Title

Health-related quality of life with pembrolizumab or placebo plus chemotherapy with or without bevacizumab for persistent, recurrent, or metastatic cervical cancer (KEYNOTE-826): a randomised, double-blind, placebo-controlled, phase 3 trial.

Document Type

Article

Publication Date

4-1-2023

Publication Title

The lancet oncology

Keywords

california; orange; psjh; Female; Humans; Bevacizumab; Quality of Life; Uterine Cervical Neoplasms; Antibodies, Monoclonal, Humanized; Antineoplastic Combined Chemotherapy Protocols; Double-Blind Method

Abstract

BACKGROUND: In the KEYNOTE-826 study, the addition of the anti-PD-1 monoclonal antibody pembrolizumab to chemotherapy with or without bevacizumab improved overall survival and progression-free survival (primary endpoints) versus placebo plus chemotherapy with or without bevacizumab, with manageable toxicity, in patients with persistent, recurrent, or metastatic cervical cancer. In this Article, we report patient-reported outcomes (PROs) from KEYNOTE-826.

METHODS: KEYNOTE-826 is a multicentre, randomised, phase 3 trial in 151 cancer treatment centres in 19 countries. Eligible patients were aged 18 years or older with persistent, recurrent, or metastatic cervical cancer not previously treated with systemic chemotherapy (previous radiosensitising chemotherapy was allowed) and not amenable to curative treatment and had an Eastern Cooperative Oncology Group performance status of 0 or 1. Patients were randomly assigned (1:1) centrally by means of an interactive voice response system in a double-blind manner to receive either pembrolizumab 200 mg or placebo every 3 weeks intravenously for up to 35 cycles plus chemotherapy (paclitaxel 175 mg/m

FINDINGS: Between Nov 20, 2018, and Jan 31, 2020, of 883 patients screened, 617 were randomly assigned (pembrolizumab group, n=308; placebo group, n=309). 587 (95%) of 617 patients received at least one dose of study treatment and completed at least one post-baseline PRO assessment and were therefore included in the PRO analyses (pembrolizumab group, n=290; placebo group, n=297). Median follow-up was 22·0 months (IQR 19·1-24·4). At week 30, QLQ-C30 completion was 199 (69%) of 290 patients in the pembrolizumab group and 168 (57%) of 297 patients in the placebo group; compliance was 199 (94%) of 211 and 168 (90%) of 186, respectively. The least squares mean change in QLQ-C30 GHS-QoL score from baseline to week 30 was -0·3 points (95% CI -3·1 to 2·6) in the pembrolizumab group and -1·3 points (-4·2 to 1·7) in the placebo group, with a between-group difference in least squares mean change of 1·0 point (95% CI -2·7 to 4·7). Median time to true deterioration in GHS-QoL was not reached (NR; 95% CI 13·4 months-NR) in the pembrolizumab group and 12·9 months (6·6-NR) in the placebo group (hazard ratio 0·84 [95% CI 0·65-1·09]). 122 (42%) of 290 patients in the pembrolizumab group versus 85 (29%) of 297 in the placebo group had improved GHS-QoL at any time during the study (p=0·0003).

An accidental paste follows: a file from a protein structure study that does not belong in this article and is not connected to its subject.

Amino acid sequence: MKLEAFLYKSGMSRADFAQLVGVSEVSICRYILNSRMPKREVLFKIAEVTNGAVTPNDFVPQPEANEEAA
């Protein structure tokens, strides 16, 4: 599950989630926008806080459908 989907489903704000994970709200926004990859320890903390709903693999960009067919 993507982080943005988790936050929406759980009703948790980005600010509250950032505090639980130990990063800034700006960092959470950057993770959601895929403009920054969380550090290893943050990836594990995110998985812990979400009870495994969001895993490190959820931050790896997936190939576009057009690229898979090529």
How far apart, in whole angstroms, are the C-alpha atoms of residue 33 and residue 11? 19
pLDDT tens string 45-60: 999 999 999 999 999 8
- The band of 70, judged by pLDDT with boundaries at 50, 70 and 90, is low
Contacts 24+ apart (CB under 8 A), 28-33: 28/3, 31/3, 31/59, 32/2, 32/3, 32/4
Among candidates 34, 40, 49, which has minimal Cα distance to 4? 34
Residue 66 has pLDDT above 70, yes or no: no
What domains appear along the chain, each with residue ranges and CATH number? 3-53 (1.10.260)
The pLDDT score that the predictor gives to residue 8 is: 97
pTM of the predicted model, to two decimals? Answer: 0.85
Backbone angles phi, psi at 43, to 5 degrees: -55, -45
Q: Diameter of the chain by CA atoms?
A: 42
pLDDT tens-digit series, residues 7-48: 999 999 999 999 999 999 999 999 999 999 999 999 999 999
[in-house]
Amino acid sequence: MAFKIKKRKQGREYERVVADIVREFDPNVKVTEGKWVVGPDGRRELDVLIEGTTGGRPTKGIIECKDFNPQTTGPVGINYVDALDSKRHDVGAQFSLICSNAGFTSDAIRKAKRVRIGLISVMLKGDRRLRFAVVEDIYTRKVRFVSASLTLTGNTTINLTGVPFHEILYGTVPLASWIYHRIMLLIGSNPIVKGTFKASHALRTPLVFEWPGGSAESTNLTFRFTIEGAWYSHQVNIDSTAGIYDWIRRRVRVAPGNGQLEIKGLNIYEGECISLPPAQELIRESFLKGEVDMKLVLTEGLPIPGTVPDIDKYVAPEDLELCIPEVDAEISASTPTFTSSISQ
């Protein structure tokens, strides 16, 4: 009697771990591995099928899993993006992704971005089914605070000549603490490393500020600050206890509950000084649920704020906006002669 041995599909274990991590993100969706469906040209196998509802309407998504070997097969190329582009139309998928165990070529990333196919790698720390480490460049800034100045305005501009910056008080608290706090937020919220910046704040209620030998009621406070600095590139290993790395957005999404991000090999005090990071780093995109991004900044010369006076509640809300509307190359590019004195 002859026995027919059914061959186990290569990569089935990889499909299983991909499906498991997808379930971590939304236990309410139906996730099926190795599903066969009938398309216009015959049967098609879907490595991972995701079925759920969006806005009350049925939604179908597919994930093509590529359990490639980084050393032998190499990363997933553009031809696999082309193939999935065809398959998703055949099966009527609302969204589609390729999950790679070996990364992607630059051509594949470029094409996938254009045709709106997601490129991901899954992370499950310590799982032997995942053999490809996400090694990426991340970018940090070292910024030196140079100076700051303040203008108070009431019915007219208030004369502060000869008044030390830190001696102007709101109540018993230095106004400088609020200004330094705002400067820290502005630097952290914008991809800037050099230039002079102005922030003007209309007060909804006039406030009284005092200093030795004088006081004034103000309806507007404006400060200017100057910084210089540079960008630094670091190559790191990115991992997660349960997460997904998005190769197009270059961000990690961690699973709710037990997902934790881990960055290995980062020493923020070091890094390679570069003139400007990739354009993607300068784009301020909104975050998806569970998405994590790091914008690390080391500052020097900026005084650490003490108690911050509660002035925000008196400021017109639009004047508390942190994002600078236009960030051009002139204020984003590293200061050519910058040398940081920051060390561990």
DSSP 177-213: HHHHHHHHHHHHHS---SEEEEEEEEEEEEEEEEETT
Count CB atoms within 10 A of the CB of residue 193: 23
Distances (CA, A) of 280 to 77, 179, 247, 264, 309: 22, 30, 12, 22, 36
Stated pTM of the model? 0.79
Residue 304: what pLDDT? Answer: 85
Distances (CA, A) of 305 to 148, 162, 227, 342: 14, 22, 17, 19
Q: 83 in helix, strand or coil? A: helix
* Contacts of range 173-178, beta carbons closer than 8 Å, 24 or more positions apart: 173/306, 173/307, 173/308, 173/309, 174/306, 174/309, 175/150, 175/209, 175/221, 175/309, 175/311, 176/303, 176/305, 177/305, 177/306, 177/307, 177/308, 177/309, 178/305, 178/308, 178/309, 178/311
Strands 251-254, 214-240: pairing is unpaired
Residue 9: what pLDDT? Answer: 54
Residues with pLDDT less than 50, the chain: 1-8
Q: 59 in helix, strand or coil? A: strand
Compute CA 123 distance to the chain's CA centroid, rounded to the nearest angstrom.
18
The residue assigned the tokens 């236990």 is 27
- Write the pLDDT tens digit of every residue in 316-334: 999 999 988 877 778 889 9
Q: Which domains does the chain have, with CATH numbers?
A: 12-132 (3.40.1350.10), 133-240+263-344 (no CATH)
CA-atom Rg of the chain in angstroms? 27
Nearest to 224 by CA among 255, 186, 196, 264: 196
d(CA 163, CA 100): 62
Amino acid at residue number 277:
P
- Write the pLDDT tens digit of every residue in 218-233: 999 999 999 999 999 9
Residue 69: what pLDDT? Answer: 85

INTERPRETATION: Addition of pembrolizumab to chemotherapy with or without bevacizumab did not negatively affect health-related quality of life. Along with the efficacy and safety results already reported from KEYNOTE-826, these data support the benefit of pembrolizumab and the value of immunotherapy in patients with recurrent, persistent, or metastatic cervical cancer.

FUNDING: Merck Sharp & Dohme.

Clinical Institute

Cancer

Department

Oncology

Department

Pharmacy

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